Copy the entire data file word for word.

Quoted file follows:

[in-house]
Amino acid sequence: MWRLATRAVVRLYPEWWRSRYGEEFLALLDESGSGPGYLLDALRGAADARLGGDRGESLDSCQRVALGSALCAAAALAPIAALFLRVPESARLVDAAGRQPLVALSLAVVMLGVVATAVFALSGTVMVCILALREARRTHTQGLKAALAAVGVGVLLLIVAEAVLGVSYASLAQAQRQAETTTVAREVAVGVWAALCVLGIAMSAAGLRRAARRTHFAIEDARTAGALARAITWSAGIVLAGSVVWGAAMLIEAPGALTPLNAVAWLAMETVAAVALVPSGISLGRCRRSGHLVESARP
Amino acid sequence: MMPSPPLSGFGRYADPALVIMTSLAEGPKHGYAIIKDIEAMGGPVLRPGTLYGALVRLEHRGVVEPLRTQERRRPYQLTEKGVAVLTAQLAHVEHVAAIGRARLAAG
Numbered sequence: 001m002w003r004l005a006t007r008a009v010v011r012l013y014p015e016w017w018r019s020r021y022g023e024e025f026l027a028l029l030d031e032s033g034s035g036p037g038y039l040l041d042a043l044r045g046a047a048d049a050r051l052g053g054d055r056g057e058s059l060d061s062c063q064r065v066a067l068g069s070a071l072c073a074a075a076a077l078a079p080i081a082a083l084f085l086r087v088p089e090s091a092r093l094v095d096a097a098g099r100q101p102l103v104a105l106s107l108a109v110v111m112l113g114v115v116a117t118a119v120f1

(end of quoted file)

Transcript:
[in-house]
Amino acid sequence: MWRLATRAVVRLYPEWWRSRYGEEFLALLDESGSGPGYLLDALRGAADARLGGDRGESLDSCQRVALGSALCAAAALAPIAALFLRVPESARLVDAAGRQPLVALSLAVVMLGVVATAVFALSGTVMVCILALREARRTHTQGLKAALAAVGVGVLLLIVAEAVLGVSYASLAQAQRQAETTTVAREVAVGVWAALCVLGIAMSAAGLRRAARRTHFAIEDARTAGALARAITWSAGIVLAGSVVWGAAMLIEAPGALTPLNAVAWLAMETVAAVALVPSGISLGRCRRSGHLVESARP
Amino acid sequence: MMPSPPLSGFGRYADPALVIMTSLAEGPKHGYAIIKDIEAMGGPVLRPGTLYGALVRLEHRGVVEPLRTQERRRPYQLTEKGVAVLTAQLAHVEHVAAIGRARLAAG
Numbered sequence: 001m002w003r004l005a006t007r008a009v010v011r012l013y014p015e016w017w018r019s020r021y022g023e024e025f026l027a028l029l030d031e032s033g034s035g036p037g038y039l040l041d042a043l044r045g046a047a048d049a050r051l052g053g054d055r056g057e058s059l060d061s062c063q064r065v066a067l068g069s070a071l072c073a074a075a076a077l078a079p080i081a082a083l084f085l086r087v088p089e090s091a092r093l094v095d096a097a098g099r100q101p102l103v104a105l106s107l108a109v110v111m112l113g114v115v116a117t118a119v120f1